Hyperhidrosis is a treatable medical condition, yet many people never seek treatment. Why? According to a recent large survey:
Fortunately, there is some help for hyperhidrosis.
The chart below is a summary of possible treatments—from antiperspirants to surgery. Talk to a dermatologist about your potential treatment options.
|Treatment||How It Works|
|“Clinical-Strength” Antiperspirants||“Clinical-strength” antiperspirants are available over the counter and sit on top of your skin. As you sweat, the antiperspirant is pulled into your sweat glands and then plugs them, reducing the flow of sweat.|
|Prescription Wipes||This prescription medicine is applied topically (on the skin) through a cloth towelette, and prevents action of the sweat glands, reducing the amount of sweat produced.|
|Prescription-Strength Antiperspirants||Prescription-strength antiperspirants contain higher concentrations of active ingredients (eg, aluminum hexahydrate) and may provide more effective relief.|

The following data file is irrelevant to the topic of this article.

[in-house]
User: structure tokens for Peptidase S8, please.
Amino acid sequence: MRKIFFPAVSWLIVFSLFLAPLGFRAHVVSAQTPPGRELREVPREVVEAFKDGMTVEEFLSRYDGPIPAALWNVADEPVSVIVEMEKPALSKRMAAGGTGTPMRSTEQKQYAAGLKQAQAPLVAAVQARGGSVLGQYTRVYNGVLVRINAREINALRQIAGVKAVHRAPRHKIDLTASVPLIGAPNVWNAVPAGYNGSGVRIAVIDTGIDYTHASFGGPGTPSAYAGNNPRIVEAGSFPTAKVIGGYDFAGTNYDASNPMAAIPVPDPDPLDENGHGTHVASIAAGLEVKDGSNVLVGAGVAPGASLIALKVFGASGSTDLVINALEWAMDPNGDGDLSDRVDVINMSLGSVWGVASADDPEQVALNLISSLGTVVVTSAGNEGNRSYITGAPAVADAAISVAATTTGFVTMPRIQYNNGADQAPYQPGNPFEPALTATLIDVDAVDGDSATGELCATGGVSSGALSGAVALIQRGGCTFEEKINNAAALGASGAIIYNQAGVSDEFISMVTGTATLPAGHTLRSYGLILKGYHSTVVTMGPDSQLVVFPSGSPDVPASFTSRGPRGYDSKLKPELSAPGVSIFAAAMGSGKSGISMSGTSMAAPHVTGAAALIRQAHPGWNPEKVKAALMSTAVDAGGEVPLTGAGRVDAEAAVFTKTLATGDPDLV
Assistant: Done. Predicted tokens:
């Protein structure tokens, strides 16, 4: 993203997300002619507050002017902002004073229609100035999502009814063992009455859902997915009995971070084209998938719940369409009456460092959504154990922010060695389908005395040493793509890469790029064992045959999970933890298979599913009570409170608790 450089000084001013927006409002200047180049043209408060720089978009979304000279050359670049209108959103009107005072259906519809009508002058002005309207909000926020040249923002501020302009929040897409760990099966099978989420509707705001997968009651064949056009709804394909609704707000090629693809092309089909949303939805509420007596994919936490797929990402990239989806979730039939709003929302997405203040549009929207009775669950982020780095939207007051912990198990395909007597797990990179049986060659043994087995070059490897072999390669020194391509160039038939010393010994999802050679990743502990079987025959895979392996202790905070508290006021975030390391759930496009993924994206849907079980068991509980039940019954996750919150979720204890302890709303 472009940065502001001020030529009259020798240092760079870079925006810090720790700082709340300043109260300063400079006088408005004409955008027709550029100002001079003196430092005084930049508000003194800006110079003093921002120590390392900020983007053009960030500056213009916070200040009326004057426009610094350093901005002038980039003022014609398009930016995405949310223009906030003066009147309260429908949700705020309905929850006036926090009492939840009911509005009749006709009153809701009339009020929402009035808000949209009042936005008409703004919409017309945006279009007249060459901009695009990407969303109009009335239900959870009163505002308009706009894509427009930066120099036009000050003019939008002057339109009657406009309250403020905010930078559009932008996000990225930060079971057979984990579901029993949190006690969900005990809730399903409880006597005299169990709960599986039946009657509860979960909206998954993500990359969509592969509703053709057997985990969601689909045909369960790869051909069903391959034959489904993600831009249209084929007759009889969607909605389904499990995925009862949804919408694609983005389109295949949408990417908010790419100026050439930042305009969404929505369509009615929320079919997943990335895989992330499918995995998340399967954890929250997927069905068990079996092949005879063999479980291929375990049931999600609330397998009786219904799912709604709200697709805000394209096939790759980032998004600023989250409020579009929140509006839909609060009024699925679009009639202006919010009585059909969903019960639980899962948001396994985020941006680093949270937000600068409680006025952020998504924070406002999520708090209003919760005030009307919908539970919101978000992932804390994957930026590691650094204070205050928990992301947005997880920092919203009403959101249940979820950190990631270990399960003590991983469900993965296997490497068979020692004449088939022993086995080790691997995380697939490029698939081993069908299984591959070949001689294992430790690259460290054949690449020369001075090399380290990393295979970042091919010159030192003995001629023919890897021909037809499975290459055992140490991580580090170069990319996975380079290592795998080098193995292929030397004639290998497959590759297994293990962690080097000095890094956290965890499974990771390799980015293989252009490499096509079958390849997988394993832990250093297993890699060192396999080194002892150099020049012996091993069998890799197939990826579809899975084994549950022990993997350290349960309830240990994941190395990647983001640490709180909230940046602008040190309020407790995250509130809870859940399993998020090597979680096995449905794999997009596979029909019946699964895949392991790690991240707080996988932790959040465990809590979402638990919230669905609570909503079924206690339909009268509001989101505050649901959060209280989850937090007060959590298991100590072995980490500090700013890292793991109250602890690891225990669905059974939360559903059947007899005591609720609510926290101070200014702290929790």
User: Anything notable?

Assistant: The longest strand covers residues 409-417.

|Oral Medications||These are prescription medicines that are delivered as pills and can temporarily provide relief by chemically blocking the sweat glands from working.|
|Injection Medications||During this in-office procedure, a dermatologist delivers small doses of medicine through a series of injections into the affected area, temporarily blocking the nerves that stimulate sweat.|
|Thermolysis||This is a hand-held treatment device that gives off electromagnetic (microwave) energy to destroy axillary (underarm) sweat glands. Your dermatologist would do this in his or her office.|
|Surgery||A dermatologist can surgically remove sweat glands from the underarms during an in-office procedure. Surgical techniques involved can include excision (cutting out sweat glands), liposuction, curettage (scraping out), or laser surgery (vaporizes tissue).|